don’t tell you the full story. This course has that full story. First, it’s about how law is applied in practice today.
At the end of three weeks, you will be able to debunk many of the common myths surrounding the law. Is
an accused person always innocent until proven guilty? Is DNA evidence as conclusive as it seems? How do
judges and juries really come to their conclusions? With this new understanding of how law is in reality, the
class will embark on a course long project to design reforms of the law. Next is how law is written down, in
legislation, the Constitution, and in books. We will look at all the main areas that students might encounter
(like criminal law, tort, and constitutional law) as well as some of the lesser known areas of study, like media
Course Descriptions
law and sports law. Throughout the course there will be a particular focus on the Constitution and the effect
the European Convention on Human Rights has on Irish law. The last part of the story shows you how to
‘do’ law. We will develop some of the most crucial skills that any good lawyer needs: opinion writing, case
analysis and, of course, your skills of persuasion, which will be honed in the class discussions that form an
integral part of the course.

Medicine           Session 1 & 2
Do you want to be a doctor in the future? If so, why not try this innovative taster course in medicine, which
contains both theoretical and practical elements. Students will learn about health and illness with a focus on
anatomy, the causes, prevention and possible cures and treatments of various diseases. The course will focus
on problem based learning where these health practitioners of the future will be taught the basics of medi-
cine using case studies, evidence from expert Speakers and advice from the instructor. Debates and discus-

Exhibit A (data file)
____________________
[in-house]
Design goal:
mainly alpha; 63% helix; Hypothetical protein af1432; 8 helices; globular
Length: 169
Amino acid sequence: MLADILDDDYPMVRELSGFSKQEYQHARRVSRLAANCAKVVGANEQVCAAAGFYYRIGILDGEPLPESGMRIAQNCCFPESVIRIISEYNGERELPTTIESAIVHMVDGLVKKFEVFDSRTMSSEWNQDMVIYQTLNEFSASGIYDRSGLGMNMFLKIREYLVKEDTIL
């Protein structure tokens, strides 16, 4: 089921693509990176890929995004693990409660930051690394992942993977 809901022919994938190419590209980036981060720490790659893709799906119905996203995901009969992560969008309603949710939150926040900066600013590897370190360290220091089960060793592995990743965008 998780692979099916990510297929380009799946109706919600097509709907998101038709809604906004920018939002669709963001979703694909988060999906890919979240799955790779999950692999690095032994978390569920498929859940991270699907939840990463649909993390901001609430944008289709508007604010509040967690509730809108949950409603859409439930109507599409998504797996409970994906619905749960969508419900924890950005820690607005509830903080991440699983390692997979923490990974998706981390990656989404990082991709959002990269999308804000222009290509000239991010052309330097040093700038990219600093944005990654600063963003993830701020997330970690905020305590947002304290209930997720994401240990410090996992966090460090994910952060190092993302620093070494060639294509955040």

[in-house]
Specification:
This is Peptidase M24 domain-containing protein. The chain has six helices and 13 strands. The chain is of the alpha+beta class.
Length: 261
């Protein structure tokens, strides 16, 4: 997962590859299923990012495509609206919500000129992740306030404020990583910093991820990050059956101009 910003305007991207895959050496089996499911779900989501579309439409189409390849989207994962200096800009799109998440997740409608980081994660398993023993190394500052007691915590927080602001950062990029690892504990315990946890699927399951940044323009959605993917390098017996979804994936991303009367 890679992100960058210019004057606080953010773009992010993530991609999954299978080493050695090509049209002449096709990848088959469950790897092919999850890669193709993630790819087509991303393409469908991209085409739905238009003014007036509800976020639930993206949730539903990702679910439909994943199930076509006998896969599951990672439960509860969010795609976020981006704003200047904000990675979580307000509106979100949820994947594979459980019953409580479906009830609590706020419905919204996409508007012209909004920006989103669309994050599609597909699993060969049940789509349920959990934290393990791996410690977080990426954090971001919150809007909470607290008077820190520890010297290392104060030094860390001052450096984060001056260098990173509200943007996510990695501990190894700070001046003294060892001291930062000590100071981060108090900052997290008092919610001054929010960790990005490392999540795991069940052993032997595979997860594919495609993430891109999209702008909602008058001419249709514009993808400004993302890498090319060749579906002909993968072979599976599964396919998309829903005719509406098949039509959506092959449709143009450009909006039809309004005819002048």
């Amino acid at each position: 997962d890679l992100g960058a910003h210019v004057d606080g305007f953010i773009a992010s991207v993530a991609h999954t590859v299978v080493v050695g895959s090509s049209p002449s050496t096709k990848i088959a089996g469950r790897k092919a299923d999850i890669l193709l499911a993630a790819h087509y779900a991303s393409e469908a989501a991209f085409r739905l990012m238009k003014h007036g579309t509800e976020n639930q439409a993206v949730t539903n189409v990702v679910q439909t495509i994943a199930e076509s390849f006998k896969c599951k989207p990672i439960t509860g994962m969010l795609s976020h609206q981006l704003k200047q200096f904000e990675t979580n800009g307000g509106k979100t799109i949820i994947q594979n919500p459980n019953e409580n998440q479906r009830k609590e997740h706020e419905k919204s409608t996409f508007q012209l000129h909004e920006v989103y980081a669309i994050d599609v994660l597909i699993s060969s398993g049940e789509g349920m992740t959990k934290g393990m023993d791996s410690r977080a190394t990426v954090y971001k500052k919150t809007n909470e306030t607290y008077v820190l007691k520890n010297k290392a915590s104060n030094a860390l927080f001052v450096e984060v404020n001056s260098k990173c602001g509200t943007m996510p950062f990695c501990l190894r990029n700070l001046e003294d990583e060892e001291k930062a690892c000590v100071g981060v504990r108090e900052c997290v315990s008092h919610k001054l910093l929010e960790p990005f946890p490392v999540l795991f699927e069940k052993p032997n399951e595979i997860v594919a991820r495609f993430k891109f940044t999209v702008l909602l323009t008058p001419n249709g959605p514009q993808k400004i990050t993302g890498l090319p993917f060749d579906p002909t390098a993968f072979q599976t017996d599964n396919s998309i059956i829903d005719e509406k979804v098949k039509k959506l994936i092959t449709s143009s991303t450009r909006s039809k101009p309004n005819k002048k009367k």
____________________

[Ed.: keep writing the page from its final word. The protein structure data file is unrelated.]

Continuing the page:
sions on topics such as the value of alternative therapies, should blood and organ donation be compulsory,
and is biotechnology the way forward for medical treatments, will be carried out by the students.

Neuroscience            Session 1 & 2
Why do we sleep? How do some people ‘smell’ colour? How do our brains change throughout life? Why did
the man mistake his wife for a hat? Is nature or nurture more important in how we behave? Are you interest-
ed in these questions? Then the Neuroscience course is for you! Neuroscientists now work in fields as varied
as mechanisms of disease, drug development, sports medicine and psychology and we shall touch on all of
these areas. Students will begin with the basics of cellular biology and neuroanatomy before taking a tour of
the brain looking at both the normal function of different areas of the brain and what happens when these
functions break down. We shall also look at more recently developed fields of neuroscience such as stem cell
therapies and brain-computer interfaces. This course is of interest to anyone who has an interest into how
our brains work, how we process the world around us and what happens when these systems break down. We
shall also look at and discuss how this fascinating research that is carried out in laboratories in Ireland and
around the world. The class will be lecture based but enthusiastic discussions are welcome!

Novel Writing              Session 1
For everyone who’s ever even contemplated writing a novel, the following questions are probably all-too-fa-
miliar: Is it really that important to have an outline? Should you always know how your novel is going to
end? How do you write about the same characters for so long without getting fed up of them? What’s ‘dra-
matic tension’ and ‘conflict’ all about? What’s the difference between writing for children and writing for